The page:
After having its future put in jeopardy, the A380, the largest passenger jet in the world, was once again in demand by most of its operators, including Emirate Airline, the largest customer of the Airbus aircraft.
With 118 jets in its fleet, Emirates is flying 80 of them and aims to have all the planes in service by 2023. It’s an unthinkable prospect two years ago when many critics and even airlines considered the massive two-deck aircraft to be outdated.
For Sir Tim Clark, who is chairman of Emirates, commercial aviation will miss the A380 in the near future. The Brit thinks that the A350-1000 and Boeing 777-9 don’t have enough capacity to replace it. “The biggest one will be the 777-9 which in our configuration will 364 seats against 484 on the A380s with our new premium economy,” Clark told CNN.
According to his prognosis, an annual growth in passenger air traffic will end up saturating airports, forcing restrictions on supply and, consequently, raising ticket prices.
The Emirates president cites the case of the Dubai-London (Heathrow) route, which since October 2021 has had six daily flights with the A380 that are always fully booked.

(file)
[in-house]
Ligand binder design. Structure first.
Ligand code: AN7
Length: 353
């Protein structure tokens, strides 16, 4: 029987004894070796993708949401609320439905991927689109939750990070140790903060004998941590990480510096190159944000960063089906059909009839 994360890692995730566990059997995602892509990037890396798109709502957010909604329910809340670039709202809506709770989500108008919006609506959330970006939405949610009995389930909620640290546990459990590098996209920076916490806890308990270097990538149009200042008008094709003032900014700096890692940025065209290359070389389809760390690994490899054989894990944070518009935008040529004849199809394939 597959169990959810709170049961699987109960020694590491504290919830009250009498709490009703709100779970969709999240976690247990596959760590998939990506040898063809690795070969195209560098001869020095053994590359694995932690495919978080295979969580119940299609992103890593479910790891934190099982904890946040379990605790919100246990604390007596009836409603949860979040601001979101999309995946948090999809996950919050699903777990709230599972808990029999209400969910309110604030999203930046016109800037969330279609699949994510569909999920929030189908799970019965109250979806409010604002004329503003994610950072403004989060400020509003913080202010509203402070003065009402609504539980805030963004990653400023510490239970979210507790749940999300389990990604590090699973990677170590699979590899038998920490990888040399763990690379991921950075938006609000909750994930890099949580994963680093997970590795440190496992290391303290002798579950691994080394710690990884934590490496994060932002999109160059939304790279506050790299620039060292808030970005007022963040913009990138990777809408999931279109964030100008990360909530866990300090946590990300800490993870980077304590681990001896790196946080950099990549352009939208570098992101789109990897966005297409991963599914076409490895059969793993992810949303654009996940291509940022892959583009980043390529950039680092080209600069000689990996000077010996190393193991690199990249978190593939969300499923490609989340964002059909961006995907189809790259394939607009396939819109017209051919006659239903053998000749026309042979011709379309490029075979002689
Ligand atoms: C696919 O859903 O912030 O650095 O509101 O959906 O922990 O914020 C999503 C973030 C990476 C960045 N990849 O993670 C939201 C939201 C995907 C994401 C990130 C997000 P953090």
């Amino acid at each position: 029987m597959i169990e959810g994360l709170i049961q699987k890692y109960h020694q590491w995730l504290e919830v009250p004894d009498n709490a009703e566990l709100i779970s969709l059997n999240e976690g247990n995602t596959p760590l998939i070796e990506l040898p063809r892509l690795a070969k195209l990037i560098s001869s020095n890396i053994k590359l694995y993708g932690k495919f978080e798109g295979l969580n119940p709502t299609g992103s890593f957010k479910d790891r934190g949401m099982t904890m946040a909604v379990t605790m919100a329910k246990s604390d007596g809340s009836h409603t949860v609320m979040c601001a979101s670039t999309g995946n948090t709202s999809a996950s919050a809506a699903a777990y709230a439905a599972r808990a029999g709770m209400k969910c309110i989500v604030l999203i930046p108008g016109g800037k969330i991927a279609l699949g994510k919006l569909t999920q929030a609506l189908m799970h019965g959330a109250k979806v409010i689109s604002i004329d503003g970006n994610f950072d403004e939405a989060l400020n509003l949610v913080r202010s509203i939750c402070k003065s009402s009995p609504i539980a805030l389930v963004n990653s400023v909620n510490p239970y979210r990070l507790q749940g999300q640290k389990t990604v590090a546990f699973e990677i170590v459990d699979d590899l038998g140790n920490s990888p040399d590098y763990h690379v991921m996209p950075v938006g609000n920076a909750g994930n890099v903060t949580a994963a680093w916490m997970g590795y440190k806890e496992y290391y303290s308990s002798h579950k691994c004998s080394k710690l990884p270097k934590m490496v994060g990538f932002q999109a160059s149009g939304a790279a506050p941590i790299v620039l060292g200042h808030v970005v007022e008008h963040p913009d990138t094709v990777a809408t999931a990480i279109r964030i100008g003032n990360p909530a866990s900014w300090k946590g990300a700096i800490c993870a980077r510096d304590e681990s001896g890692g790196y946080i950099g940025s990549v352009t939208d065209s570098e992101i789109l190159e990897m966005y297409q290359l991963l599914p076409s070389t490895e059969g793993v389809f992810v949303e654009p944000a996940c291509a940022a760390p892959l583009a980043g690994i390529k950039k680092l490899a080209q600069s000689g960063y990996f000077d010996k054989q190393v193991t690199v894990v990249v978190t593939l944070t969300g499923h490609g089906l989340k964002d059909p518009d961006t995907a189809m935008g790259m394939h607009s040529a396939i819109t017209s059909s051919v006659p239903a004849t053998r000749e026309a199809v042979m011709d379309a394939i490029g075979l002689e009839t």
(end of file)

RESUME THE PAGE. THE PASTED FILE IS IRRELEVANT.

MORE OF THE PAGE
Open fan motors
With his unyielding candor, Sir Tim Clark says he has spoken with Airbus on more than one occasion about a replacement for the A380, if not bigger, at least more efficient.
Technologies such as structures in composite materials and more economical engines could reduce the operating cost of the aircraft in addition to making it more sustainable.
One of the technologies he points out is the open fan engine, which will be tested coincidentally on an A380 by Airbus.
Emirates, however, seems alone in its call for a new Super Jumbo after the early retirement of the A380 and the end of production of the Boeing 747 this year.
With its giant hub in Dubai, where 70% of passengers make connections, the Middle Eastern airline is a rare A380 customer.
Its competitors are now looking to fragment air traffic in order to offer more direct flights to destinations with lower demand and where jets like the 787, A330 and even the A321XLR seem to make more sense.